NARCAN Nasal Spray: Life-Saving Science at NIDA

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Advancement in the biomedical field, especially in medications development, comes in small increments. The many minor discoveries on the path to a new drug may not be individually newsworthy, but when those years of hard work culminate in a new treatment that changes how we practice medicine or improves public health, it is important to celebrate our success.

Nalaxone team, see captionDr. Volkow (left) with the DTMC nasal naloxone team winning a 2015 NIDA Achievement Award at the NIH campus last month. Right to Left; Mr. Robert Walsh; Dr. Moo Park, Dr. David McCann; Dr. Philip Krieter, Dr. Shwe Gyaw, Dr. Nora Chiang and Dr. Phil Skolnick

NIDA reached such a point today, when FDA announced its approval of the NARCAN Nasal Spray, an intranasal naloxone formula that can immediately restore normal breathing in a person overdosing on prescription opioids or heroin and thus save their life. While naloxone already exists in injectable formulations, this new nasal spray will make it easier and less intimidating for families, loved ones, friends, and emergency personnel to save the lives of those struggling with addiction, giving them a second chance and hopefully encouraging them to enter into long-term addiction treatment. It can also treat accidental overdoses in pain patients.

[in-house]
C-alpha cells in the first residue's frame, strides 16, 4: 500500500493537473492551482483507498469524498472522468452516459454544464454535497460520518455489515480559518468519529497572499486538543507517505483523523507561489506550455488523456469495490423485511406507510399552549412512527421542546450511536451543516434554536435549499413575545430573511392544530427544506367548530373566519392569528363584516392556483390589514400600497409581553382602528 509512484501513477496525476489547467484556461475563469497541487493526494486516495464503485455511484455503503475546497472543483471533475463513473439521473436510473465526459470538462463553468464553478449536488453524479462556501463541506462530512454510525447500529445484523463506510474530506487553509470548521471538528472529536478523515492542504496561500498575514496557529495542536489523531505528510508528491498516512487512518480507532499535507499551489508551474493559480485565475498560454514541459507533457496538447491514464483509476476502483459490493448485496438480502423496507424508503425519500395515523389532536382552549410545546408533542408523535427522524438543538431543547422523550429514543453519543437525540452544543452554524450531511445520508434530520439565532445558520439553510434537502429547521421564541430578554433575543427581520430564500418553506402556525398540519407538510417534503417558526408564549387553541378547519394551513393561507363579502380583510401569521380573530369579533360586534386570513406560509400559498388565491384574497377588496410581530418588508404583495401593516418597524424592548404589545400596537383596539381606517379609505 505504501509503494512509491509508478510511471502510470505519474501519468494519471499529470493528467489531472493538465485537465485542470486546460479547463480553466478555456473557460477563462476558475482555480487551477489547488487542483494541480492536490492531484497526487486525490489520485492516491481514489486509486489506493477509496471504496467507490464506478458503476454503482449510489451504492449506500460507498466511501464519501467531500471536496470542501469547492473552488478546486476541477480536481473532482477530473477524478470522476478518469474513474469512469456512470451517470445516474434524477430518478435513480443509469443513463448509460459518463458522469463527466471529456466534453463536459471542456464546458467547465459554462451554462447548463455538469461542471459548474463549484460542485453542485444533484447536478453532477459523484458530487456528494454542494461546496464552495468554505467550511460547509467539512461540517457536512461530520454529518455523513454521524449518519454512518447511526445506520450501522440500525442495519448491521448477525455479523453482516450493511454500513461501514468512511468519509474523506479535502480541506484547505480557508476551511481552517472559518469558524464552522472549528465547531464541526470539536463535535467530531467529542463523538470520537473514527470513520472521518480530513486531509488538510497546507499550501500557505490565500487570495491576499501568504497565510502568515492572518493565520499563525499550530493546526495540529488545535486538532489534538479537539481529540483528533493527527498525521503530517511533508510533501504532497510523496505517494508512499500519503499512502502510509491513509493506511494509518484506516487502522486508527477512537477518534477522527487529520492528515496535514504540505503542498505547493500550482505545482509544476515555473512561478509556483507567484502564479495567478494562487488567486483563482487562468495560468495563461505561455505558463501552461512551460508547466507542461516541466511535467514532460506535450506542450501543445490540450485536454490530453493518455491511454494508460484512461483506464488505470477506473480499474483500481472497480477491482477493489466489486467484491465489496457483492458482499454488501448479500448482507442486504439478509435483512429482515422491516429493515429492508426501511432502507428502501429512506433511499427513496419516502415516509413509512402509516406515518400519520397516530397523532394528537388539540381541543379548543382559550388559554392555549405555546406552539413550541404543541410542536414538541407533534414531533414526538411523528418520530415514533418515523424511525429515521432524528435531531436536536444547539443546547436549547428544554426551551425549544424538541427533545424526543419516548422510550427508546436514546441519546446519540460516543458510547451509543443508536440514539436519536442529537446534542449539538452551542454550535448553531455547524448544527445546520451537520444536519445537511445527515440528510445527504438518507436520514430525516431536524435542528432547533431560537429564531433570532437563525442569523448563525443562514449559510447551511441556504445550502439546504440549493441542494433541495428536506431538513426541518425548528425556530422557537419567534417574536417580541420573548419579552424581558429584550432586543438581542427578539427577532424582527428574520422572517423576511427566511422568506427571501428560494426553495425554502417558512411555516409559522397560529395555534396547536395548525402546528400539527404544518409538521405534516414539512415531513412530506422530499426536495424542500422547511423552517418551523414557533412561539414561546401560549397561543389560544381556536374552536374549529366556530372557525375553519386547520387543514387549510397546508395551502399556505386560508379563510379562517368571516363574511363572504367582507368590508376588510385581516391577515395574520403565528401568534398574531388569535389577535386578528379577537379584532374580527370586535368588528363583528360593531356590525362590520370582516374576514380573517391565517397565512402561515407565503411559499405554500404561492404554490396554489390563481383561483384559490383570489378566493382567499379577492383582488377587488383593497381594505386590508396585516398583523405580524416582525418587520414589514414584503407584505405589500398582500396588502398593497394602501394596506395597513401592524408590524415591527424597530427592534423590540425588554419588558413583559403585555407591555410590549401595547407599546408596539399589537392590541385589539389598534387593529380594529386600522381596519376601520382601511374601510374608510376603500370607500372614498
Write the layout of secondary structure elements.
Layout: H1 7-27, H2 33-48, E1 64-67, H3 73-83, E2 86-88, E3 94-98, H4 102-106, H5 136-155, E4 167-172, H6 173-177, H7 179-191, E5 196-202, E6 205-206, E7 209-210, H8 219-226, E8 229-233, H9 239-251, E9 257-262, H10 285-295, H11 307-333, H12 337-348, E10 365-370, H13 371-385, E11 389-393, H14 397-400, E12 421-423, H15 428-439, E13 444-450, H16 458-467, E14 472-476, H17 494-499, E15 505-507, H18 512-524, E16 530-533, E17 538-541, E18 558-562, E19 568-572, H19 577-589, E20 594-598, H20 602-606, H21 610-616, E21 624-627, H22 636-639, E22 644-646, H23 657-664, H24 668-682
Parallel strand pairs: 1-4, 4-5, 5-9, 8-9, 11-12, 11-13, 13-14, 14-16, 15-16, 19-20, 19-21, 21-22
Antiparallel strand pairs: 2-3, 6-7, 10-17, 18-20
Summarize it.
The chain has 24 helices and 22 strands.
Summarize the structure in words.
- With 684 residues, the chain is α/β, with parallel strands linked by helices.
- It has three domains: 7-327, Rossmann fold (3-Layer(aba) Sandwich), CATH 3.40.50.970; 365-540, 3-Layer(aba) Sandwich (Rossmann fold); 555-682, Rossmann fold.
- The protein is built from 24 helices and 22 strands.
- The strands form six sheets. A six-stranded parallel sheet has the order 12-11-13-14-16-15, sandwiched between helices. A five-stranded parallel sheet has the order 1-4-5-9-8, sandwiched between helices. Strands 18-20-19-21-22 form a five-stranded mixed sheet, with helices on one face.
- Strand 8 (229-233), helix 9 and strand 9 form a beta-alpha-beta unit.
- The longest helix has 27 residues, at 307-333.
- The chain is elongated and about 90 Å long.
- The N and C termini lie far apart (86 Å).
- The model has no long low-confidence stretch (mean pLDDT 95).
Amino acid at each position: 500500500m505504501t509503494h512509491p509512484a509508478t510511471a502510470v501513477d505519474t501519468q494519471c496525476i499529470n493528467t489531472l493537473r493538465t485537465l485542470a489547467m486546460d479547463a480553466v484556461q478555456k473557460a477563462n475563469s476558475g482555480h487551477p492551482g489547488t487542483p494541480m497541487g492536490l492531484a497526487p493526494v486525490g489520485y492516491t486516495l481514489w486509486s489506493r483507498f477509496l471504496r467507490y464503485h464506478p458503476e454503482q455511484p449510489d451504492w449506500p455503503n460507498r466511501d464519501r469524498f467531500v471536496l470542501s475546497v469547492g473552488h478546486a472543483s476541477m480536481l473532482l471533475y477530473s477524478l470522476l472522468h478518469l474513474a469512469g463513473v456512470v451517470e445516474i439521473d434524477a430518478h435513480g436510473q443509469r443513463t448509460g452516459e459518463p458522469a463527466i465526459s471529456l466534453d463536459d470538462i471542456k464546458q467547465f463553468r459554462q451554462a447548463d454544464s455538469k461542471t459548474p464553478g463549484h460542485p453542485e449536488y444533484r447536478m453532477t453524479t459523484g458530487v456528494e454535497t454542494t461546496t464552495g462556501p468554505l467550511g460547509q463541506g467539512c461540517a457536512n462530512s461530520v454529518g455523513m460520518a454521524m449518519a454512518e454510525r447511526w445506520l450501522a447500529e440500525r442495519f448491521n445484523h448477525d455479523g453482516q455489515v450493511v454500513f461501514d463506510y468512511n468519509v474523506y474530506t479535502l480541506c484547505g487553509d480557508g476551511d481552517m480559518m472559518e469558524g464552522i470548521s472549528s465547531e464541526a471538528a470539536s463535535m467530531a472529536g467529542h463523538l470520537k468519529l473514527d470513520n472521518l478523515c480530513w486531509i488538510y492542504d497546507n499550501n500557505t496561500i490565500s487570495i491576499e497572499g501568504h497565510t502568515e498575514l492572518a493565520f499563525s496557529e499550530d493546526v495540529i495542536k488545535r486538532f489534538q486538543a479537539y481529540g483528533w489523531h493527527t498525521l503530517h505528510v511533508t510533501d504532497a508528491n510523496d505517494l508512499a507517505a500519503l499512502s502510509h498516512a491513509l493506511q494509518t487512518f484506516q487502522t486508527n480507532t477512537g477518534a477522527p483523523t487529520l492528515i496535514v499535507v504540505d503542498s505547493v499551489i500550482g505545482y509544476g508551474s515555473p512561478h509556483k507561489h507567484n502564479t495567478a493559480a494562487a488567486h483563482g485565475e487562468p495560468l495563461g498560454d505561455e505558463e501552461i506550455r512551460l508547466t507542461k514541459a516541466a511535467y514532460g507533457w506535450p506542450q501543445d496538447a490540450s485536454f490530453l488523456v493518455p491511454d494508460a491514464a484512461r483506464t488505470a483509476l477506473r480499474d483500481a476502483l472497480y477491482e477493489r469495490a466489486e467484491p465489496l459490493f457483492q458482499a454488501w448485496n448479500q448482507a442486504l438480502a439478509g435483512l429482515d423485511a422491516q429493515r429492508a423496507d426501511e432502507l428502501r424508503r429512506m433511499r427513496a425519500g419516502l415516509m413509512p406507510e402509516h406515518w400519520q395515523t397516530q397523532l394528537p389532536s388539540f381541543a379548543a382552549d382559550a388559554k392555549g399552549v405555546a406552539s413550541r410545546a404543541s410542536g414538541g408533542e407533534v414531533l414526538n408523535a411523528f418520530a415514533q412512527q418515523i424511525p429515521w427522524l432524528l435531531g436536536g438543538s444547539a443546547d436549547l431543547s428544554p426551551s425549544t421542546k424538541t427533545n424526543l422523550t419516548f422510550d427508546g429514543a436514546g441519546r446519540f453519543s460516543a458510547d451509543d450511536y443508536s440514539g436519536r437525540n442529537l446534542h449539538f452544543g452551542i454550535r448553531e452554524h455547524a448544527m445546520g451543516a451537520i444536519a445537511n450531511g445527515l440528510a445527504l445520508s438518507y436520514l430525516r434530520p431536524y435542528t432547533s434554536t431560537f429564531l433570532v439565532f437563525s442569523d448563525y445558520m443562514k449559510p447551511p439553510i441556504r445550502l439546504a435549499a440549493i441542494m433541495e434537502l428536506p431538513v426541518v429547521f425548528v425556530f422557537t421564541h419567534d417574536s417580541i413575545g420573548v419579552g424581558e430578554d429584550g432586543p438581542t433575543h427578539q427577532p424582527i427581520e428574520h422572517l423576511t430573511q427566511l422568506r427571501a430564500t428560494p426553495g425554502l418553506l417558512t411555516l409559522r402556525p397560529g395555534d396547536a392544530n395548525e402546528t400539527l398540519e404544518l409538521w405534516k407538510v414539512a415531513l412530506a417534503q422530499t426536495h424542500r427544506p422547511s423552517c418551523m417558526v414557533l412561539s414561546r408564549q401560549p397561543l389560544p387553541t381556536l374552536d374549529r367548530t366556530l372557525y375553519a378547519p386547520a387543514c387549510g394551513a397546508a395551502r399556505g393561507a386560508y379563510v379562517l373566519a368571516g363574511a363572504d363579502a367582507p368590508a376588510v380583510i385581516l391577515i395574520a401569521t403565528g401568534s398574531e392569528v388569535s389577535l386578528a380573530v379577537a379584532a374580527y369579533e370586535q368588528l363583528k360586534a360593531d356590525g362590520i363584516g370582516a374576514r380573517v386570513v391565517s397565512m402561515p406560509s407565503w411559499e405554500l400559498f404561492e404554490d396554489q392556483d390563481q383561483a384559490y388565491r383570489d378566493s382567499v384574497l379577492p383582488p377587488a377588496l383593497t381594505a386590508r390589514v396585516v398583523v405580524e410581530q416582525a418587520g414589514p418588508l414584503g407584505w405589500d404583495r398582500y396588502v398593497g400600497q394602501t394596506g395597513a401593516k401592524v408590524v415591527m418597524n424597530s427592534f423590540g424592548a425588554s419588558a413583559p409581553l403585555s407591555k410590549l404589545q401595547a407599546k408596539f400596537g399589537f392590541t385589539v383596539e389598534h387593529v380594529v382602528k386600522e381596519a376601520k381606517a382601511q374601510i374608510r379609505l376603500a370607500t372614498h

Approval of NARCAN Nasal Spray is no small accomplishment. More than 16,000 people die every year from prescription opioid overdoses; another 8,000 die from heroin overdose. Although emergency personnel in some states have been equipped with injectable naloxone for years, often they are too late on the scene to save a life. For that reason, some states have tried pilot programs distributing naloxone to opioid users and their friends and family (along with instructions for use); between 1996 and 2014, over 26,000 overdoses were reversed by non-medical personnel using naloxone.   

In 2013, NIDA entered into a partnership with Lightlake Therapeutics, Inc. (a partner of Adapt Pharma Limited), to create a more user-friendly formulation that could be quickly sprayed into nasal passages but have the same effects in the body as the injectable version. Translating an injectable drug formulation into a safe and effective nasal spray is fraught with scientific challenges.  NIDA’s very capable team of scientists was led by Phil Skolnick, the Director of our Division of Therapeutics and Medical Consequences (DTMC).  His team designed and conducted the clinical trials required to determine that our intranasal formulation delivered naloxone as quickly and as effectively as an injection, and then worked with our private sector partners to obtain FDA approval. 

NIDA is grateful for the opportunity to show how powerful science can be when united by the common goal of saving lives threatened by addiction. I congratulate all of the scientists who were persistent and vigilant in their pursuit of an effective scientific approach to this national crisis. For more information on NARCAN Nasal Spray, see FDA approves naloxone nasal spray to reverse opioid overdose.